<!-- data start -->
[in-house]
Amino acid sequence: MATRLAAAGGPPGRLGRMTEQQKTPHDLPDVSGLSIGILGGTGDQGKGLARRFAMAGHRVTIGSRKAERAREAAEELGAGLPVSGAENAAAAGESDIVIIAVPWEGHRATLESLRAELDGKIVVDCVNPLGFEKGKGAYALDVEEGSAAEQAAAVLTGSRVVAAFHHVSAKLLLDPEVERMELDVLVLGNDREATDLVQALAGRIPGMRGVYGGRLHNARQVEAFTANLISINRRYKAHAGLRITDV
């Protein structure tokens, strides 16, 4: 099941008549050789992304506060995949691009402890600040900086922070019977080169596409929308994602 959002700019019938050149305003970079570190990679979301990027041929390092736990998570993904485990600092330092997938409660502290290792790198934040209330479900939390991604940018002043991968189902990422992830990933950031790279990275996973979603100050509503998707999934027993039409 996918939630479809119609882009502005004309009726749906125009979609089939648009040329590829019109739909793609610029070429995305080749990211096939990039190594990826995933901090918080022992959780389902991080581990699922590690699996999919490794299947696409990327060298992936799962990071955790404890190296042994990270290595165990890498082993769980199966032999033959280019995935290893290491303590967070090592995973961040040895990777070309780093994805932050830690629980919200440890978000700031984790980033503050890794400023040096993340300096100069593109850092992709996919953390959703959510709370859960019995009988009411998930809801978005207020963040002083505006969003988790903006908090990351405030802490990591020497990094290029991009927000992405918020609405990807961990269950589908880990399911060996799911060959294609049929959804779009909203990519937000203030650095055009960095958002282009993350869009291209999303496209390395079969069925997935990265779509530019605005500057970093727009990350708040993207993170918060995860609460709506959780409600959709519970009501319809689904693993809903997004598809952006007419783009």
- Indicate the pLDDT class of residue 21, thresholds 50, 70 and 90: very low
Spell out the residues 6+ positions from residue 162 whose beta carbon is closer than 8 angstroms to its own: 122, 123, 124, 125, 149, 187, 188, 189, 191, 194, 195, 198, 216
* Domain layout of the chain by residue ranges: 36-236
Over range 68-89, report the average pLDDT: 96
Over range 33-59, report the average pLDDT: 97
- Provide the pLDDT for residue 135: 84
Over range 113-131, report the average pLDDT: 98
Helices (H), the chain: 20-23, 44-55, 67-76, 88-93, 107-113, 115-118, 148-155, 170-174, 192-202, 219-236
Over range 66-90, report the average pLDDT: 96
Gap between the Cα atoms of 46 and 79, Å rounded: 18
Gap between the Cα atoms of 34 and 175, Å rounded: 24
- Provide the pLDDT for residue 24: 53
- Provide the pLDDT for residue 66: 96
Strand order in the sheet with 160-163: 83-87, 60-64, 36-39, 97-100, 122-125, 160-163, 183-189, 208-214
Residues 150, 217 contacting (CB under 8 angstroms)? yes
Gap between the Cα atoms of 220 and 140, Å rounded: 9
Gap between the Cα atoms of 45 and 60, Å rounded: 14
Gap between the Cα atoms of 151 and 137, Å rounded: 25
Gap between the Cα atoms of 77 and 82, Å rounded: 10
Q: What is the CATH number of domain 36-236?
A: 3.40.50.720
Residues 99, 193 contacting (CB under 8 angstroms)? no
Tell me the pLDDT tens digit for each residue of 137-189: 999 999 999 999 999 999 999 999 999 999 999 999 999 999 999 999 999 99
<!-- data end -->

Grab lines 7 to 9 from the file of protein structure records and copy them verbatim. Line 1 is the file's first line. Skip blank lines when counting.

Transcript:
Over range 68-89, report the average pLDDT: 96
Over range 33-59, report the average pLDDT: 97
- Provide the pLDDT for residue 135: 84